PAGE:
A friend of mine is at the start of her journey making recordings for educational instruction, and in conversations with her I realised that when we first start, there are a lot of questions we need answered. It can be quite daunting, yet like most things, once you start you only get better and better. So here are my ten quick tips for getting started, making it easy and trying to get the best possible outcome.
Before you even start recording play with your equipment. Get on Skype and talk to your Mum, or Dad or whoever else. How do they find the audio? How do they find the video? Do you need to consider your environment or timing?
I often make my recording late at night or early in the morning – this is when my kids are in bed, and neighbourhood noise is reduced. I also used to get ridiculously nervous speaking on microphone or camera and would literally freeze up – I practiced using Skype and FaceTime with my family and kids, and then started recording my classes with a camera at the back of the room. Once I realised I was fully in control of the recordings and who saw them, my nervousness all but disappeared.
2. Work out who, what and when?
Before you even start, you need to work out why you are making the recording. Who is it for? What is the message? When will it be heard? Does it need audio only or visuals as well? Will it be used once or many times? It is only with a clear understanding of the purpose of your recording that you can actually go ahead and make it.
3. Plan it well.
You wouldn’t (I hope!) walk into a classroom or onto stage without a plan – the same goes for recording. Think about the sequence of what you are presenting. I personally put the same amount of work into my recording as I do for a lesson plan – I have a key theme, key points, and make resources that I will use. I always have a “cheat sheet” (out of view of the camera when doing video too) that I can refer to for specific terminology I may blank on.
4. Keep it short
Plan to be between one and ten minutes. Preferably five or so. If it’s longer than this, you better be really engaging and have a really good reason!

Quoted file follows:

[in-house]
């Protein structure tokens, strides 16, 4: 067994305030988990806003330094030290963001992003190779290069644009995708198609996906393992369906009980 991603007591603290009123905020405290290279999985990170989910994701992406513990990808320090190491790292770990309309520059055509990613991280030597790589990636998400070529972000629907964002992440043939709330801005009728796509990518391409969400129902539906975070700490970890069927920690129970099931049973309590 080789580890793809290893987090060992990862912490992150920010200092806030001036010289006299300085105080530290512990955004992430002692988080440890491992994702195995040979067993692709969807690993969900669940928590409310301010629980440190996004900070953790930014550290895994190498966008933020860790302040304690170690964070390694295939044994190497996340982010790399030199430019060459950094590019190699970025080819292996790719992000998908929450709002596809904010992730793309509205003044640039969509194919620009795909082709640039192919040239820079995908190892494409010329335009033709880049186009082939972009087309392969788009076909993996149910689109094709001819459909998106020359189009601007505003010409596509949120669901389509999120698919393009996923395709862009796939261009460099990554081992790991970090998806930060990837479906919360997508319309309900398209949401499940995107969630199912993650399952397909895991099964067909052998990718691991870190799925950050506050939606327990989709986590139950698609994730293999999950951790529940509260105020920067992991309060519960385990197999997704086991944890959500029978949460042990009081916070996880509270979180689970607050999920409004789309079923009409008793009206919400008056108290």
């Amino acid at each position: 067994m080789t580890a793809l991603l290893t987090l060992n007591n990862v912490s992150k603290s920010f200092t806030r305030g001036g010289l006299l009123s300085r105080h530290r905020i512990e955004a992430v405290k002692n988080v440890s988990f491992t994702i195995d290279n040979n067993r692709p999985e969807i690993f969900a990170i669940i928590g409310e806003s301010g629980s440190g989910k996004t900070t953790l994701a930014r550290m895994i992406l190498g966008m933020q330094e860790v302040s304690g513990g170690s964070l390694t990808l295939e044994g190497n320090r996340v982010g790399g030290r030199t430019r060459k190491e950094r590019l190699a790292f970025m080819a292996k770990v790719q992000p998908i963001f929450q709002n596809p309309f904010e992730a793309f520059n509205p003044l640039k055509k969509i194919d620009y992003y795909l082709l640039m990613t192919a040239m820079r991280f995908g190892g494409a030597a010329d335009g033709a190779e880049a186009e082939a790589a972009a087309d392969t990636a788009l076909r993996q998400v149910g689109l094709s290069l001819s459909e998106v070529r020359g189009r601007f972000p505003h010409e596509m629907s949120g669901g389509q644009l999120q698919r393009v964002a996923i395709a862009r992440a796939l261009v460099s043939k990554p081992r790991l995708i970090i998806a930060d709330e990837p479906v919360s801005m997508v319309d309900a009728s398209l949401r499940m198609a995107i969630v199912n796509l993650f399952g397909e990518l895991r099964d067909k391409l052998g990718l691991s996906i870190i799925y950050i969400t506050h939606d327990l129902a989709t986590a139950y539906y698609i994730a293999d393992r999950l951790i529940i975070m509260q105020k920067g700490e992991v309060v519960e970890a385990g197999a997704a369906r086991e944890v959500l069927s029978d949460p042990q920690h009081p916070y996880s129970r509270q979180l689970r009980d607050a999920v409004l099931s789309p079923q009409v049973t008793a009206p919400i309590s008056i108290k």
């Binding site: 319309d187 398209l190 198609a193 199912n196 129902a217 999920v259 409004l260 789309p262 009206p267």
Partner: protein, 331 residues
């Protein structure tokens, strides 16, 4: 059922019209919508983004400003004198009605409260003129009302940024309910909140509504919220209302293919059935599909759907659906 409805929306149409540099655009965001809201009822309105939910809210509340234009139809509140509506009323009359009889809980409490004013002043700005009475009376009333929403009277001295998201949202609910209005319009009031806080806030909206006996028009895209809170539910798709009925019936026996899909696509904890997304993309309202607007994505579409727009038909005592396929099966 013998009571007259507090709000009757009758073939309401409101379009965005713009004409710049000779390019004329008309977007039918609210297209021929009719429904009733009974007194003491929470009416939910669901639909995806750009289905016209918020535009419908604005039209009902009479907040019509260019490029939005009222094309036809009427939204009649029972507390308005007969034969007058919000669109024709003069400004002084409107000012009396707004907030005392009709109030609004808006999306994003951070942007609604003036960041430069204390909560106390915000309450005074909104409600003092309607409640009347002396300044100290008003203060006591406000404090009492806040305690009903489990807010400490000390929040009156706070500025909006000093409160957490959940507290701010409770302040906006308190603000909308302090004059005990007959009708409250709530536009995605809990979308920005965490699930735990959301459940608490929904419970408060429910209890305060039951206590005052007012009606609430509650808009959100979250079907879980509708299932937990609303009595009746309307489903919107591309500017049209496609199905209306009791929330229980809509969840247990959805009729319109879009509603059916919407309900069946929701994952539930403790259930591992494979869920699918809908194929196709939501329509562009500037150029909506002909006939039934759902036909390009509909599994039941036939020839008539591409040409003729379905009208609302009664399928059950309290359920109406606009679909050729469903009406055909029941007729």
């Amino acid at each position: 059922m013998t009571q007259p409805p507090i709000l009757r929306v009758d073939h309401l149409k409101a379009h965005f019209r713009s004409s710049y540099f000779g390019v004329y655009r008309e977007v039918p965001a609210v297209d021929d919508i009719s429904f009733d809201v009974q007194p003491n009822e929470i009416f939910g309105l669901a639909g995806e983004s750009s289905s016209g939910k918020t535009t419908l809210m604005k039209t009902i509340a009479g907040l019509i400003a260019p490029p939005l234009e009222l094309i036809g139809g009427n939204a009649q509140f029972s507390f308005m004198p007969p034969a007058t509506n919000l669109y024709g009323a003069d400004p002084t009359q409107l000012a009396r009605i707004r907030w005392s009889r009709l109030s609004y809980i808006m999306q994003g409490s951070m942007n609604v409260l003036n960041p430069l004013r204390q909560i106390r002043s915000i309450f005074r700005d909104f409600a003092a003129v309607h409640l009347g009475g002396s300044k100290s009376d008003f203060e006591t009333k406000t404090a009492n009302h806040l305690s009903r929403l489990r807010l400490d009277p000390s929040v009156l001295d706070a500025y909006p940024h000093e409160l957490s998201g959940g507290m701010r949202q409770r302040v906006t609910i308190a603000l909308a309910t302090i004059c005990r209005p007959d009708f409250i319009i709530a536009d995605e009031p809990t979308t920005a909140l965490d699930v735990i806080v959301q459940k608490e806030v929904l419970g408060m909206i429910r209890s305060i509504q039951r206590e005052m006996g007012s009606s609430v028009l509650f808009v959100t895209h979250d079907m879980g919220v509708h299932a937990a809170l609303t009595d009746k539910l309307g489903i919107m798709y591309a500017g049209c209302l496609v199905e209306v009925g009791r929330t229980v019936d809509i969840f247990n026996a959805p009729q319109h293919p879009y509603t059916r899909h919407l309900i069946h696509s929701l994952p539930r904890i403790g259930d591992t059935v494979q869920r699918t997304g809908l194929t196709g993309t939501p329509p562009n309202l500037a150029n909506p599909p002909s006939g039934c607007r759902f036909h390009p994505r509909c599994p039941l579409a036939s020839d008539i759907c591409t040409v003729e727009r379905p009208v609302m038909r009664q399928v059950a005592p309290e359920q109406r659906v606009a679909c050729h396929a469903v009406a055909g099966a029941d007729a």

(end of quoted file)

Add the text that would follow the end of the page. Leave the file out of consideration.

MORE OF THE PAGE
Make sure you can see a clock – it’s easy to go overtime – and overtime is overkill.
5. Think about quality
The better the audio quality, the easier and longer people will listen. Use the best microphone you have access to and can afford – you can see my video on microphone quality here:
Make sure you set your microphone up correctly. It should be about 100mm from your mouth, although if you want the microphone out of camera shot it can be up to 500mm away. Adjust the volume input so that it’s hovering around 75% – you want it in the green with peaks into the orange.
Think about your body – don’t bang the microphone or the desk that it’s sitting on. If you are going to screencast and annotate your screen, is the microphone going to pick up your stylus movements?
Think about shutting the door! Let people know you are recording so you don’t get interrupted!
Do a quick test
Before you record that masterpiece, do a quick test and play it back. Make sure you have the correct microphone selected as the source – I sometime muck this up and record using the internal microphone – doh!
Leave some space
Once you actually hit record on what is going to be your real recording, wait five to ten seconds before you speak. This gives you time to compose yourself, and also gives you a background noise recording – in most software you can use this to do noise reduction in editing.
Here is what the space and background noise looks like:
And here is the background noise being removed in Camtasia:
Enunciate. Project. And smile!
Make sure you speak clearly, not too fast and not too slow. Keep your chin up to help you project and remember to smile – even if there is no video, this changes your face and comes through in the recording.
You will stuff up!
So don’t stress about it. Just stop. Give yourself a ten second pause, then start the sentence again. There is no such thing as a mistake when recording – only editable moments. Leaving the long gap gives you time to think, go back and get ready – it also shows up in any editing program, so you can clip out the mistake – no-one will know!
Here is an example – deleting the mistake is easy!
Save your work – then edit and export
Once you are done, save it straight away with a file name that tells you what it is you have recorded (and the take if necessary). If you are diligent about this, editing it will be easy as you can find what you need. I make a folder for each recording, so all resources sit in the same place – keeps thing neat and tidy.
This is an example of the folder for the Audio Shootout video (linked above) – you can see the video files, the audio recording files and the naming makes it easy to match everything up:
Then it’s time to edit and export – take out the editable moments, maybe fade it in and out then export to the file type your audience will use – most likely MP3 for audio and MP4 for audio and video.
A final word
After your preparation and set up, making and editing the recording shouldn’t take more than three times (3x) the final production length. Once the length to record it. Twice the length to edit it, and then export it to distribute while you get a hot or cold beverage of your choice.
Your first recording will probably take longer – but you’ll get the hang of it. My simple recording now take 1.5x the length, whilst my complex recordings are 3x. My first recording was five minutes long and took a whole day – so I’ve come a long way.
Most of all have fun – and just keep on doing it!